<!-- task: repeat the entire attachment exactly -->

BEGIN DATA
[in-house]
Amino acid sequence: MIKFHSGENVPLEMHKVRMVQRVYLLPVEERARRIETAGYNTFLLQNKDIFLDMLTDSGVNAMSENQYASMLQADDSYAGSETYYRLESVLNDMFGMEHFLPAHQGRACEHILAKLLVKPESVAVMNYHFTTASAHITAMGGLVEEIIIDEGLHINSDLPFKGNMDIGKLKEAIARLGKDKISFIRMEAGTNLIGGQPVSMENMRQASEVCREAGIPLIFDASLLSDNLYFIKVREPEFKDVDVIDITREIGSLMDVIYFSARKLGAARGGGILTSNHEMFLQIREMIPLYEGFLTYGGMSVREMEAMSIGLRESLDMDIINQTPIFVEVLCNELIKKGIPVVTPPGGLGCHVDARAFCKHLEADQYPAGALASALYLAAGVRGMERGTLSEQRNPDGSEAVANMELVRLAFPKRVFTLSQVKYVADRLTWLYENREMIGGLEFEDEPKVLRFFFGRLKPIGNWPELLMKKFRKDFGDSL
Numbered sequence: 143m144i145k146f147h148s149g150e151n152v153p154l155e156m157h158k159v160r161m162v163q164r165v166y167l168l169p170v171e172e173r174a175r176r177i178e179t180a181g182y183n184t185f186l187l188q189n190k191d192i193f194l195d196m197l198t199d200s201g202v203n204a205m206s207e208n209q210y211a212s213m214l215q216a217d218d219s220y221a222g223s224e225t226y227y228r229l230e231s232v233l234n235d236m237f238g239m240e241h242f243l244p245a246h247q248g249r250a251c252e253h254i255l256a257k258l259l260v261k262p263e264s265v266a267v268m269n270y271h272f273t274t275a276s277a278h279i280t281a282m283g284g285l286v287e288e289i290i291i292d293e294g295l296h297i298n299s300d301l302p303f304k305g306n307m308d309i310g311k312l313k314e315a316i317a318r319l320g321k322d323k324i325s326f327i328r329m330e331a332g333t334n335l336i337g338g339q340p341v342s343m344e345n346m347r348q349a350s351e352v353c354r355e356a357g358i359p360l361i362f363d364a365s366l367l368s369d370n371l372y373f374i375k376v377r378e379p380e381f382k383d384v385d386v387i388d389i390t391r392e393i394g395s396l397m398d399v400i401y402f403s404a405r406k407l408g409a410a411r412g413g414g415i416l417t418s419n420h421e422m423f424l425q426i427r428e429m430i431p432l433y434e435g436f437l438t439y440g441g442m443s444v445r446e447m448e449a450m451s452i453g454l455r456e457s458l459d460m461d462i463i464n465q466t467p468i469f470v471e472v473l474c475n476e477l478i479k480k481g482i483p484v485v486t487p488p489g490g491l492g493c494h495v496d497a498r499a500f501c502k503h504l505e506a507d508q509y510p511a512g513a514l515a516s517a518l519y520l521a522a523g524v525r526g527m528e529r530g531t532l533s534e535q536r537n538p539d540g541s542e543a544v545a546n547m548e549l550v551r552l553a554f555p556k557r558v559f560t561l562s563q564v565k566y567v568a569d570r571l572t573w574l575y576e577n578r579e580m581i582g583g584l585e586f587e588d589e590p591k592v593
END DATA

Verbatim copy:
[in-house]
Amino acid sequence: MIKFHSGENVPLEMHKVRMVQRVYLLPVEERARRIETAGYNTFLLQNKDIFLDMLTDSGVNAMSENQYASMLQADDSYAGSETYYRLESVLNDMFGMEHFLPAHQGRACEHILAKLLVKPESVAVMNYHFTTASAHITAMGGLVEEIIIDEGLHINSDLPFKGNMDIGKLKEAIARLGKDKISFIRMEAGTNLIGGQPVSMENMRQASEVCREAGIPLIFDASLLSDNLYFIKVREPEFKDVDVIDITREIGSLMDVIYFSARKLGAARGGGILTSNHEMFLQIREMIPLYEGFLTYGGMSVREMEAMSIGLRESLDMDIINQTPIFVEVLCNELIKKGIPVVTPPGGLGCHVDARAFCKHLEADQYPAGALASALYLAAGVRGMERGTLSEQRNPDGSEAVANMELVRLAFPKRVFTLSQVKYVADRLTWLYENREMIGGLEFEDEPKVLRFFFGRLKPIGNWPELLMKKFRKDFGDSL
Numbered sequence: 143m144i145k146f147h148s149g150e151n152v153p154l155e156m157h158k159v160r161m162v163q164r165v166y167l168l169p170v171e172e173r174a175r176r177i178e179t180a181g182y183n184t185f186l187l188q189n190k191d192i193f194l195d196m197l198t199d200s201g202v203n204a205m206s207e208n209q210y211a212s213m214l215q216a217d218d219s220y221a222g223s224e225t226y227y228r229l230e231s232v233l234n235d236m237f238g239m240e241h242f243l244p245a246h247q248g249r250a251c252e253h254i255l256a257k258l259l260v261k262p263e264s265v266a267v268m269n270y271h272f273t274t275a276s277a278h279i280t281a282m283g284g285l286v287e288e289i290i291i292d293e294g295l296h297i298n299s300d301l302p303f304k305g306n307m308d309i310g311k312l313k314e315a316i317a318r319l320g321k322d323k324i325s326f327i328r329m330e331a332g333t334n335l336i337g338g339q340p341v342s343m344e345n346m347r348q349a350s351e352v353c354r355e356a357g358i359p360l361i362f363d364a365s366l367l368s369d370n371l372y373f374i375k376v377r378e379p380e381f382k383d384v385d386v387i388d389i390t391r392e393i394g395s396l397m398d399v400i401y402f403s404a405r406k407l408g409a410a411r412g413g414g415i416l417t418s419n420h421e422m423f424l425q426i427r428e429m430i431p432l433y434e435g436f437l438t439y440g441g442m443s444v445r446e447m448e449a450m451s452i453g454l455r456e457s458l459d460m461d462i463i464n465q466t467p468i469f470v471e472v473l474c475n476e477l478i479k480k481g482i483p484v485v486t487p488p489g490g491l492g493c494h495v496d497a498r499a500f501c502k503h504l505e506a507d508q509y510p511a512g513a514l515a516s517a518l519y520l521a522a523g524v525r526g527m528e529r530g531t532l533s534e535q536r537n538p539d540g541s542e543a544v545a546n547m548e549l550v551r552l553a554f555p556k557r558v559f560t561l562s563q564v565k566y567v568a569d570r571l572t573w574l575y576e577n578r579e580m581i582g583g584l585e586f587e588d589e590p591k592v593